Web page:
Things I wish someone had told me before my child with a disability graduated high school

There’s no denying that the transition from school to whatever comes after can be challenging. However, challenging as it may be, it’s also a great opportunity for freedom and independence. Hearteningly, studies have found that young people who had left school had a better quality of life than those still at school.

We spoke to a lot of parents of people with intellectual disability, and put together their tips for navigating that tricky year after high school. Here’s what they had to say:

1. “Even if it feels too hard, try and start preparing as soon as you can.”

It’s already a hectic time, but it really does pay to be prepared. It’s natural to want to put the plans for after graduation in the ‘too hard basket’.

In all your spare time, try to come up with a life plan with your son or daughter – think about what they like or dislike, the activities they like doing at school, re-read school reports, and ask people around you especially teachers, friends and family members…I promise you, they’ll all have an opinion. Bear in mind though, that the most important opinion is your son or daughters!

As you know, thinking about the future will only help you with your NDIS plan (sometimes for the first time).

We know it’s hard and to add that your loved one is becoming an adult makes it even harder. It can be overwhelming, but if you can start doing research and making plans, it often pays off in the long run. 

2. “Routine, routine, routine!”

Chances are if you have someone in your family who has an intellectual disability, you’ve probably got a pretty solid routine down already. Once school is over, that routine is most likely going to change significantly, and this can be very overwhelming for lots of families.

Maybe in the final year of high school, you could start trying out some of the services that you think might be good after they graduate? Most service providers are open to this.

This way, when it comes time to change up the routine, it’s not a great leap in to the unknown.

3. “Goals first, NDIS second”

The NDIS exists to help people achieve their individual goals, not the other way around.

In other words, the best thing you can do is get your goals sorted first, and see how the NDIS can help you achieve them. (If you want some help with this, make sure you check out our blog on goal setting).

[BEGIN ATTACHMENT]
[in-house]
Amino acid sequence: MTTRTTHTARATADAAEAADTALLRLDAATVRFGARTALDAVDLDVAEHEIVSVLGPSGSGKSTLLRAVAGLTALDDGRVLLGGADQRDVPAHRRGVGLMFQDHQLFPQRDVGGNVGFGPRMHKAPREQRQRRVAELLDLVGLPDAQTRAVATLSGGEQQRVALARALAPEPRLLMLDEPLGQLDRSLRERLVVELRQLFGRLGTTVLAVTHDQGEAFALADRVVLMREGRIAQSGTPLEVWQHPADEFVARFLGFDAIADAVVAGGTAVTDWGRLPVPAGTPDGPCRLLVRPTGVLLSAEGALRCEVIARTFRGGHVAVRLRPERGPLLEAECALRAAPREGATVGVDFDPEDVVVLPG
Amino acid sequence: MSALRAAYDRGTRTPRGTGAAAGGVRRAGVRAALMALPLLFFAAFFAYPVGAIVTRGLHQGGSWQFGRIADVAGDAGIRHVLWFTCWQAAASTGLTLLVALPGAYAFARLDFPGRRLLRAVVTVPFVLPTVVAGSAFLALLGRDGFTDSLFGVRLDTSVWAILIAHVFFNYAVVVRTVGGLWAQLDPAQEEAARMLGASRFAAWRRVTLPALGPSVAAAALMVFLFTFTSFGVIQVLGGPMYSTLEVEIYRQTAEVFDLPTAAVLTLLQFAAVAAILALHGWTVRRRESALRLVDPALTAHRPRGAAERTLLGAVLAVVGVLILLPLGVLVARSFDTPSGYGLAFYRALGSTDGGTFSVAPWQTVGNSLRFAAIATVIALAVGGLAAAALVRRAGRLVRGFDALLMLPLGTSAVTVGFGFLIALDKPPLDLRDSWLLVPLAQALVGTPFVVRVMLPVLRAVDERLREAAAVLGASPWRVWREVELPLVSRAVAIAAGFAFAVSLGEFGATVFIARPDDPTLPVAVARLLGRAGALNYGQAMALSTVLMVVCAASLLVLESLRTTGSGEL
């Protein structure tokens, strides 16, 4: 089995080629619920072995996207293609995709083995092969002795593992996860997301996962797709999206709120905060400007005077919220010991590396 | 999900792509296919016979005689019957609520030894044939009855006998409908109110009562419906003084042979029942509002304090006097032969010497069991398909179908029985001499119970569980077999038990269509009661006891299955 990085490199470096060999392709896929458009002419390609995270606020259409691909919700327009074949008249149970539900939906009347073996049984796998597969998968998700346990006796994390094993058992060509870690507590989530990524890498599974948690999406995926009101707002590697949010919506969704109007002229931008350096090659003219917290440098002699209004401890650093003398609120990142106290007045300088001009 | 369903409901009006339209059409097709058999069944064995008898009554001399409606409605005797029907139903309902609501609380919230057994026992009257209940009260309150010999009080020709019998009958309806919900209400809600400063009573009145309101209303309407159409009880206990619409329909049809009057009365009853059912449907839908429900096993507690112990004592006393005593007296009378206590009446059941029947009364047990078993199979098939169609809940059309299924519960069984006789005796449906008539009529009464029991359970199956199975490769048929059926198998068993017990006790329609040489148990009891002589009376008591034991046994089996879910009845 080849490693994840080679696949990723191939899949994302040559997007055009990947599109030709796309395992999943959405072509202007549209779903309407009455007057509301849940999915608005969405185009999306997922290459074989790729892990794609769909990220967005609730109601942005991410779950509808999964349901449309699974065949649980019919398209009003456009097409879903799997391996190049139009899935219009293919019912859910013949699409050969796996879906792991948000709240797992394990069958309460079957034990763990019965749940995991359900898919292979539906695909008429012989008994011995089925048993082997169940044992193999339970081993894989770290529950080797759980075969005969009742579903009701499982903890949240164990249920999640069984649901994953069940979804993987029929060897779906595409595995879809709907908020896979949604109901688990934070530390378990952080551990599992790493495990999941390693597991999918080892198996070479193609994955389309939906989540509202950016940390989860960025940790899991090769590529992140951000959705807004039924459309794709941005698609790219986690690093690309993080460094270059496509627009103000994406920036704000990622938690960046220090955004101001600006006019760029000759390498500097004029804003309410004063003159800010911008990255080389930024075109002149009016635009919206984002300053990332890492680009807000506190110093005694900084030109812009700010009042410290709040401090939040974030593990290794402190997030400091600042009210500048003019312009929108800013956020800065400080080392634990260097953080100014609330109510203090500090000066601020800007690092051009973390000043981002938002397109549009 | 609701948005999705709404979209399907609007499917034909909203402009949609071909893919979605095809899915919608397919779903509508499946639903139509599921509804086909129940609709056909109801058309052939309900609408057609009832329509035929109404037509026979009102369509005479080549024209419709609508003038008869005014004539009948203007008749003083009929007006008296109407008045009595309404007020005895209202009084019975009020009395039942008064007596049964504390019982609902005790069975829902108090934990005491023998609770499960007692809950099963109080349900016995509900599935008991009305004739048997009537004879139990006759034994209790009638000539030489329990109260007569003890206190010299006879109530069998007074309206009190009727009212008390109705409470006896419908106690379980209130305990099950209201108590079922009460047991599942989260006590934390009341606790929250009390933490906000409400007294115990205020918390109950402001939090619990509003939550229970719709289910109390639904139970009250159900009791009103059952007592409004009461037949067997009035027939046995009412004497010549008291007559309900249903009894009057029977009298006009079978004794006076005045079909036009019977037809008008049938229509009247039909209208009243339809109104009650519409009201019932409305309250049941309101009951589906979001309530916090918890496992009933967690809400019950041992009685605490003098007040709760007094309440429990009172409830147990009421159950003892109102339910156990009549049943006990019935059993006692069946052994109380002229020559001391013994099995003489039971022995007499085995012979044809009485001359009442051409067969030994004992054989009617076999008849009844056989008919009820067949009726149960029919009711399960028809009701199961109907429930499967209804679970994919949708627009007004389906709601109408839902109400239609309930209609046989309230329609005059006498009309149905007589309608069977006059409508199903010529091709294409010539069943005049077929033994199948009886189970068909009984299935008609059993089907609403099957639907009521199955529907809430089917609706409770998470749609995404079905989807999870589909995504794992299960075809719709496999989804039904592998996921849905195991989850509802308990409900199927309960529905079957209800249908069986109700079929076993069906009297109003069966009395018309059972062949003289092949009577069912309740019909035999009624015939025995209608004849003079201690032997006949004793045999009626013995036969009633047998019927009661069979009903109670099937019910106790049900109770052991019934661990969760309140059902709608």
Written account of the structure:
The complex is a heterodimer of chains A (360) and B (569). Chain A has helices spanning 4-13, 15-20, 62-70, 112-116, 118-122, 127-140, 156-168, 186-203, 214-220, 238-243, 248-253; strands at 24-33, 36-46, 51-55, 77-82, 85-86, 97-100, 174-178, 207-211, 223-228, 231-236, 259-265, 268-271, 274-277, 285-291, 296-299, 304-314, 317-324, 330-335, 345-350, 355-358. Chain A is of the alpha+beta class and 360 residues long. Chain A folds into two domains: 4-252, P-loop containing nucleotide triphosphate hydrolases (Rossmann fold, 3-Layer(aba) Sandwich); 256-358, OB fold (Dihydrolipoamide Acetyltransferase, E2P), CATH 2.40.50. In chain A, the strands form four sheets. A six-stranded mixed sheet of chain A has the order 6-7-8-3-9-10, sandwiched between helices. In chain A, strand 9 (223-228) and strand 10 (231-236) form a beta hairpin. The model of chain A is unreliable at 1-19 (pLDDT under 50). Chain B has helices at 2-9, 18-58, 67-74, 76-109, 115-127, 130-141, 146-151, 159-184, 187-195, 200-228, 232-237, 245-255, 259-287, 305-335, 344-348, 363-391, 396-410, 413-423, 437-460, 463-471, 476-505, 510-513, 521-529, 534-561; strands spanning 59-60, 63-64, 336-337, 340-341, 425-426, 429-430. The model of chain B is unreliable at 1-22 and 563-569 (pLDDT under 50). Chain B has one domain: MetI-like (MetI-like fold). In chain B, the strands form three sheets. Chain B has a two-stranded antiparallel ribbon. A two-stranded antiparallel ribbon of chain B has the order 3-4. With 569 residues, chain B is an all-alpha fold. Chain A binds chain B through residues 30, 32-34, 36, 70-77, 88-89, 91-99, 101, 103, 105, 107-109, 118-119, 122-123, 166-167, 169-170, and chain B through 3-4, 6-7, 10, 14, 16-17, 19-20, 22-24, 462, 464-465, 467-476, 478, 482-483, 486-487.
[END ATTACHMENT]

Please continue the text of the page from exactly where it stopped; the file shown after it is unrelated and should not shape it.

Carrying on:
We often find that the people who have an idea of what their goals are have more success with the NDIS.

For example: Tom loves flowers and his goal is to start up his own floristry micro business, delivering fresh flowers to local businesses. He and his family speak to the NDIS about how they see this happening and what kind of support Tom might need. The NDIS, knowing this, would be able to give him what he needs than if they had gone in and just said that “Tom’s goal is to get a job”.

4. “Don’t be afraid to try things out”

Exploring your options is a plan in itself! Regardless of whether you have a disability or not, that year after high school is always a good time to try out some new and different things before you settle on a single path.

Don’t be scared to call up providers and see if you can come and try their services. It is often the best way to get an idea of what you like and what you don’t.

5. “There will be some big changes, but they won’t all be bad”

It’s a huge and challenging time, but it’s also a really exciting and rewarding one for a lot of people.

It’s easy to get swept up in the endless to-do lists and anxieties that manifest before any big life change, but it’s important to enjoy and celebrate all the fun, rewarding and empowering opportunities along the way too – of which there will be many.

6. “Your relationship will change, but that’s a beautiful thing.”

There’s no denying it - your child is no longer a child. They are rapidly becoming an adult. While the nature of their disability might mean that they still need extra support, your relationship will still naturally change, and this can be a great thing as it often means they are becoming more independent and empowered. It’s a sign of a job well done for you!

The NDIS will no doubt be life-changing for your daughter or son, but it will also most likely have an impact on you, too. Like any parent of an adult, you might find that you naturally take a step back in caring duties, but a step forward in building an adult friendship.

7. “Friendships are more important than ever”

After school, friendships can be harder to maintain. You no longer automatically see your peers every day, and as a result, the loneliness can quickly creep in.

A little bit of work maintaining old friendships and making new ones goes a long way in this time.

If you speak to the NDIS about your plans, you might get some funding for social and community participation.

8. “You are not alone”

If you’re feeling overwhelmed, excited, confused, and scared, you are far from being alone! This is a really intense time in a parent’s life and many parents are going through similar things to you.

A bit of advice we hear from parents is it’s a really good time to reach out and lean on your support network.

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